Chicago woman is 2nd US patient with new coronavirus from China

More airports are screening passengers

(AP/Gray News) - A Chicago woman is the second U.S. patient diagnosed with the dangerous new virus from China.

Health officials with the Centers for Disease Control and Prevention say the 60-year-old woman returned from a trip to China on Jan. 13 without showing any signs of the new pneumonia-like virus, but a few days later she called her doctor to report feeling sick.

The CDC says the woman is doing well, but is hospitalized to prevent spread of the virus and anyone she had close contact with is being monitored.

Officials say the risk to the U.S. public remains low but more cases are likely. Senators received a briefing on coronavirus from federal health officials Friday on Capitol Hill.

A man in his 30s in the Seattle area was confirmed to have coronavirus earlier in the week. The Seattle man, who also traveled to China, is said to be in good condition.

A male student at Texas A&M University has a suspected case of the virus and has been isolated at his home. Health workers are attempting to confirm the diagnosis.

France confirmed three cases of the potentially deadly virus from China as well Friday, the first in Europe.

China expands lockdown against virus, fast-tracks hospital

The new virus has the world on edge because it’s a close cousin to viruses that killed hundreds in separate outbreaks. While it’s too early to tell if this latest threat will prove as deadly, health authorities are drawing on lessons from that grim past.

The severely ill are the first spotted in an outbreak. But one key to stopping the virus will be learning about milder cases or those without symptoms, people who might unknowingly spread it. Meanwhile, the hunt for a vaccine has begun.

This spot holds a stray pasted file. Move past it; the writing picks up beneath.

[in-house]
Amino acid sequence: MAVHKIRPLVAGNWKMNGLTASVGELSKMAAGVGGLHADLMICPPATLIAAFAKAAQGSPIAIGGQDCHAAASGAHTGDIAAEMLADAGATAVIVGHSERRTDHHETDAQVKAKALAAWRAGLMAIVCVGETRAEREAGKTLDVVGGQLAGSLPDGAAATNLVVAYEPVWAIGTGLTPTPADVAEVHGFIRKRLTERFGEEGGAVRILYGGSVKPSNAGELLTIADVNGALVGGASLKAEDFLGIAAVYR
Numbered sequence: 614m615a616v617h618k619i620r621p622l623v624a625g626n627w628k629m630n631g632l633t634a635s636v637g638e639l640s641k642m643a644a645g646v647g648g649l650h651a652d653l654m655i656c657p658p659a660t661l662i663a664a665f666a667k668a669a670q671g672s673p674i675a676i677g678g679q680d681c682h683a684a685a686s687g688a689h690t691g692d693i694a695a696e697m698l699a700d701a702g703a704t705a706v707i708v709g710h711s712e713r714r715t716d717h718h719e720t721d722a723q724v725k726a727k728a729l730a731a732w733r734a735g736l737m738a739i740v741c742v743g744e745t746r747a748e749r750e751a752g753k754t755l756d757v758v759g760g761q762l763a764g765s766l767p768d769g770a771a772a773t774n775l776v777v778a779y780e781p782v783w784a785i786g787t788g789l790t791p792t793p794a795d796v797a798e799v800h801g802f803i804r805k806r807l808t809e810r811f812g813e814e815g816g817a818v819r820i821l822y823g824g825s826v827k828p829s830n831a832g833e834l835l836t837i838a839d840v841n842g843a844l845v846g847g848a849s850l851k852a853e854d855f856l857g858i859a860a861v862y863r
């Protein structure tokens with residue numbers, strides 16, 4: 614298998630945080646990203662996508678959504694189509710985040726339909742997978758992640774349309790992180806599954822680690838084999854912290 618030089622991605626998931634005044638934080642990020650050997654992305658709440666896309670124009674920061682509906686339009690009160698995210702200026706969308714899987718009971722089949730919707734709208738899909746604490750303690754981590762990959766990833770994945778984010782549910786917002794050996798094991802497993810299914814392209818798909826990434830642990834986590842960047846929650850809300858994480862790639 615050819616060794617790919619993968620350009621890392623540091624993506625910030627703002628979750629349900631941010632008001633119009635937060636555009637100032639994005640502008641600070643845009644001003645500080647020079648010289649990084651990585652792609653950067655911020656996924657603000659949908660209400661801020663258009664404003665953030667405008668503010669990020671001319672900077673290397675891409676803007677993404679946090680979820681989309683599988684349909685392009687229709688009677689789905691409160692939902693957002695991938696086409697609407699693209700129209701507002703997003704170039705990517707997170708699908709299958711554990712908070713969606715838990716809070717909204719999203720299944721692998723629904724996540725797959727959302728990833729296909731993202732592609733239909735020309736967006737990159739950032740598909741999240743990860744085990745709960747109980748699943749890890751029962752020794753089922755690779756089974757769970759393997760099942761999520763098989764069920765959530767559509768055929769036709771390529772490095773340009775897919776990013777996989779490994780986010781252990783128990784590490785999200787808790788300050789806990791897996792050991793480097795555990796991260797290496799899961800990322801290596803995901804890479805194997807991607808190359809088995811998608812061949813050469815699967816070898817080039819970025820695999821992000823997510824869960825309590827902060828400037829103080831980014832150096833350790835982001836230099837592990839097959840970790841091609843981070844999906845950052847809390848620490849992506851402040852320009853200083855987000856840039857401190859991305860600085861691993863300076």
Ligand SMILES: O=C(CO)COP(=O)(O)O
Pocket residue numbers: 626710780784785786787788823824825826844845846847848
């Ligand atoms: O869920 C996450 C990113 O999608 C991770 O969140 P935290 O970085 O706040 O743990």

China is expanding its lockdown against the deadly new virus to an unprecedented 36 million people and rushing to build a prefabricated, 1,000-bed hospital for victims as the outbreak cast a pall over Lunar New Year, the country’s biggest and most festive holiday.

The number of confirmed cases around the world has climbed sharply to more than 1,200, with at least 41 deaths, all of them in China.

More airports are beginning to screen passengers arriving from China amid growing concerns over the outbreak of the virus.

The energy-rich Gulf Arab nation of Qatar, home to long-haul carrier Qatar Airways, said on Friday it had installed thermal scanners at its main hub.

Kuwait announced similar measures late the night before at Kuwait International Airport, joining the United Arab Emirates and Saudi Arabia, which on Thursday announced screenings for all passengers arriving on direct flights from China.

Pakistan will also be screening passengers from neighboring China as a precaution.

Wuhan, where the outbreak began, and 12 neighboring cities have a combined population of more than 36 million. They have halted public transportation and closed temples, cinemas and other public spaces.

Food prices spiked as people stocked up for an indefinite isolation, but trucks carrying supplies were being allowed to enter to restock shelves.

Most people appear to be following the instructions to halt the spread of the virus, but China has one of the world’s most extensive systems of surveillance and social controls if its current measures don’t work.

Wuhan, where the outbreak began last month, and seven neighboring cities have a combined population of about 25 million.

A designated hospital with space for 1,000 beds is being built in the style of a facility that Beijing constructed during the SARS epidemic. The number of cases has risen to 830 while and the deaths include the youngest recorded victim at 36.

It’s due to be finished in less than two weeks.

Major landmarks around China have also closed due to the outbreak of the virus, including Shanghai Disneyland.

The resort was set to celebrate China’s Lunar New Year, but has closed as a preventative measure against the spread of the virus.

Copyright 2020 Associated Press. Gray Media Group, Inc. and CNN contributed to this story. All rights reserved.